Forlorn Funnies comics series has been something of an underground hit in art-comics circles. His first book collection is a grimly melanchol"/>
 

Mother, Come Home

Paul Hornschemeier, Author, Thomas Tennant, Introduction by
Paul Hornschemeier, Author, Thomas Tennant, Introduction by . Dark Horse $14.95 (128p) ISBN 978-1-59307-037-3
Reviewed on: 02/16/2004
Release date: 02/01/2004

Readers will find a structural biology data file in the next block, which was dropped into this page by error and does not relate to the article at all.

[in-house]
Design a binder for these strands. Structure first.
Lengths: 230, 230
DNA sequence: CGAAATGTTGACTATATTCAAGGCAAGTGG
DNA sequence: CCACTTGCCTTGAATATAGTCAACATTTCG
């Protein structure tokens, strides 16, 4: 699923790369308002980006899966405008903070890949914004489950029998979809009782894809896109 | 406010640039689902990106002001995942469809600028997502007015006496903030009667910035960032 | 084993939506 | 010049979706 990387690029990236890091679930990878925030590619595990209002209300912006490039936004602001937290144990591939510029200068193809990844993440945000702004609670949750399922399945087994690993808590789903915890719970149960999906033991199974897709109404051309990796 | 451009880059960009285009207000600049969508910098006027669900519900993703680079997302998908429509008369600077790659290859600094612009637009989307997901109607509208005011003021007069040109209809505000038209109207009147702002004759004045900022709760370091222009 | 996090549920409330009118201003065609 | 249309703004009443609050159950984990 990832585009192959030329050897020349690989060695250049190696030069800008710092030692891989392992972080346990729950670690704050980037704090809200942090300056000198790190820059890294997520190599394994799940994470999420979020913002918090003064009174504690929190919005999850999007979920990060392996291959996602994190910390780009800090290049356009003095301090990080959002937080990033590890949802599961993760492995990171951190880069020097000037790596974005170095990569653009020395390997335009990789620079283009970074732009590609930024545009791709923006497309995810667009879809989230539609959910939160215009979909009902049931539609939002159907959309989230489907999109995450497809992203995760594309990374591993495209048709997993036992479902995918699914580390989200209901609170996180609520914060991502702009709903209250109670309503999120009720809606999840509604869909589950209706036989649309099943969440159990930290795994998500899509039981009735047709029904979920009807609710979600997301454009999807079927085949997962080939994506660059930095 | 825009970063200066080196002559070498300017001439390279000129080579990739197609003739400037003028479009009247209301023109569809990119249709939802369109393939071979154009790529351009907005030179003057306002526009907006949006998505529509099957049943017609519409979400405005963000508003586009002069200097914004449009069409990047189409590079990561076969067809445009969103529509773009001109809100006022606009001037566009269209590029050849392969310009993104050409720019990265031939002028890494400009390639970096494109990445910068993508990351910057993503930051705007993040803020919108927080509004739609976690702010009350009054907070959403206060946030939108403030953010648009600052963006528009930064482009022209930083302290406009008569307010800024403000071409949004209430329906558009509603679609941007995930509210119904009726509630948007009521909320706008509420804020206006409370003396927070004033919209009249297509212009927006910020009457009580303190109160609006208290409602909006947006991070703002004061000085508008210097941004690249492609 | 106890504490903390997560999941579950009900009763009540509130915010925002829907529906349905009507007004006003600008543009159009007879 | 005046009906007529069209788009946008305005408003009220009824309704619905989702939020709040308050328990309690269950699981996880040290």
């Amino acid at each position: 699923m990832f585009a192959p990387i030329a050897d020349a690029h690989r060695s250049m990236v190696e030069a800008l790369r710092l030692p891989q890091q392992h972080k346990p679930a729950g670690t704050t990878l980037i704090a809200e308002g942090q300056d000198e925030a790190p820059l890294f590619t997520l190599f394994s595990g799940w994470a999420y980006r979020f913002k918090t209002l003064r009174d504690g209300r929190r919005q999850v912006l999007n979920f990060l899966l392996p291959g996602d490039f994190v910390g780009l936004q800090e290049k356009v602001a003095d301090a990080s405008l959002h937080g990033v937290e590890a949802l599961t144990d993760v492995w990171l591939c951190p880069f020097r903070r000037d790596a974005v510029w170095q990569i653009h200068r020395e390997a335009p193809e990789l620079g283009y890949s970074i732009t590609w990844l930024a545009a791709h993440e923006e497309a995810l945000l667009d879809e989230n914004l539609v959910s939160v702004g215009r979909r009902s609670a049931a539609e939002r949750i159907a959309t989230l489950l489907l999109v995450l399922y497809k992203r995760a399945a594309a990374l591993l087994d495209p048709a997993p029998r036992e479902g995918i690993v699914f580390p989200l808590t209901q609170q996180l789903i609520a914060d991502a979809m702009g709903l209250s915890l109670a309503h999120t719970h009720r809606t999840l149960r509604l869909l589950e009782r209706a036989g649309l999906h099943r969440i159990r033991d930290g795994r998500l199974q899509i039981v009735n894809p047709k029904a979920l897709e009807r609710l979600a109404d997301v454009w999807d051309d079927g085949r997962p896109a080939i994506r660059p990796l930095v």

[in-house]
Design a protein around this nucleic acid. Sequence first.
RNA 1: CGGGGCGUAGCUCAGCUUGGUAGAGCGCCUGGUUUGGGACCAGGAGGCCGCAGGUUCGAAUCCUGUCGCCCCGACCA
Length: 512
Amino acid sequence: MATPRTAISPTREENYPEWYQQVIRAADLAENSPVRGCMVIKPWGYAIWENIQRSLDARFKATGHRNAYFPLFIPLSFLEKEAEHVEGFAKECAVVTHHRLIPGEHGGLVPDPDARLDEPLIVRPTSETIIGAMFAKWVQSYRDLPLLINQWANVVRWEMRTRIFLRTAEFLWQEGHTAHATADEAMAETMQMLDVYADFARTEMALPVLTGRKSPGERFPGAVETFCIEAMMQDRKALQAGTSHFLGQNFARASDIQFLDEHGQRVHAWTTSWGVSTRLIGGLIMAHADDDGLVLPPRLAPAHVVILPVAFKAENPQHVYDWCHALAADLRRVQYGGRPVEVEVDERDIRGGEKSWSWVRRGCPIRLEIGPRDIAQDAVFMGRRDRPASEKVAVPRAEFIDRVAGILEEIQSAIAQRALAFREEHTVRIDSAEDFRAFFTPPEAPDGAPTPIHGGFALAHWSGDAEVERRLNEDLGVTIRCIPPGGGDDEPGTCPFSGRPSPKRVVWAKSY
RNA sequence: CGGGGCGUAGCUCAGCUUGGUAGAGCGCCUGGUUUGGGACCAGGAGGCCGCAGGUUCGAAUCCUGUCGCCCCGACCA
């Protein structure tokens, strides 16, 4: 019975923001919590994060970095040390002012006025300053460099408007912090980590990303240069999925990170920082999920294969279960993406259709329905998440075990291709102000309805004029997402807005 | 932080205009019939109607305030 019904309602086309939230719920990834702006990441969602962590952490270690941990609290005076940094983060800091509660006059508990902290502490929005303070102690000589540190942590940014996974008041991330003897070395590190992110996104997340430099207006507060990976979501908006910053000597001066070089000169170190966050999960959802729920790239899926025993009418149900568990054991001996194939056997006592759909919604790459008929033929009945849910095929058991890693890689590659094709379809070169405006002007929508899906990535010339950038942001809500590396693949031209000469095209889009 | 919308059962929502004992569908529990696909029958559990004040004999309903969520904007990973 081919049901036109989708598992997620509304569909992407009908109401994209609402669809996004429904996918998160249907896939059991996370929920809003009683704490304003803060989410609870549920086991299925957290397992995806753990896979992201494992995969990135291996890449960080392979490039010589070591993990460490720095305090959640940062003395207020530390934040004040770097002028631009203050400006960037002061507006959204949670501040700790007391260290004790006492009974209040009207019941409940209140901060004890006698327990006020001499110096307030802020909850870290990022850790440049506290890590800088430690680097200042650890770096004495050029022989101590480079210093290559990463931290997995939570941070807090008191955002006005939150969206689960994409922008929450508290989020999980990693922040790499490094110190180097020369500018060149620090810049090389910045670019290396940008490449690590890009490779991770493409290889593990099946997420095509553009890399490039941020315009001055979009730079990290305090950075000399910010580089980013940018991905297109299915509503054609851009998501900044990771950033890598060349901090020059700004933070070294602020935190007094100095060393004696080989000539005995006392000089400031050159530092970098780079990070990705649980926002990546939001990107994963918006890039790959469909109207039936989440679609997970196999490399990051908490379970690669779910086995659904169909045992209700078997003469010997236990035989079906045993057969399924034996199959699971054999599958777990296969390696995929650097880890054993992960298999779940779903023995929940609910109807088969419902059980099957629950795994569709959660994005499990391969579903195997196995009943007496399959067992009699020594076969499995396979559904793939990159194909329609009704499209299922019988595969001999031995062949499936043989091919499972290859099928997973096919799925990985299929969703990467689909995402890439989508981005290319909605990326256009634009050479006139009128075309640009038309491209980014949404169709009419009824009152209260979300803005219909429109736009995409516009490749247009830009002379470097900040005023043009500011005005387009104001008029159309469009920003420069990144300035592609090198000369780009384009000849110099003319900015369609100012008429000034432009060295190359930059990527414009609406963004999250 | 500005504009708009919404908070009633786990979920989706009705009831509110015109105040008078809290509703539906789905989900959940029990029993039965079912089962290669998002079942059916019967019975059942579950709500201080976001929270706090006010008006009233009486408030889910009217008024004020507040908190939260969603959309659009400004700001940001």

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Hornschemeier's Forlorn Funnies comics series has been something of an underground hit in art-comics circles. His first book collection is a grimly melancholic domestic tragedy, written from the point of view of a young boy named Thomas who's dealing with the death of his mother by retreating deep into a fantasy world while his father gradually collapses into insanity. Hornschemeier has been compared to Chris Ware, and while the two cartoonists have a few obvious points of similarity—a fondness for flat, muted colors, relentless depressiveness and understated drawing that captures the solidity of objects with a few lines—Hornschemeier has a unique sense of formal invention and a gift for subtleties of facial expressions. The metaphor that drives this work is symbolic logic, both the philosophical kind that obsesses the father and ultimately destroys him, and the logic that Thomas imposes on the baffling world by turning everything into simple symbols, like the lion mask he wears to play at being powerful. Hornschemeier renders Thomas's imaginary reinterpretations of his real life in a different style from the rest of the book: childlike single-line drawings, representing everyone as animals. And the metafictional conceit that frames the book doesn't fully come into focus until the final page. The plot is a real three-hanky weeper, but Hornschemeier leverages some of its heaviness into bittersweet absurdity. He's a talent to watch. (Nov. 2003)

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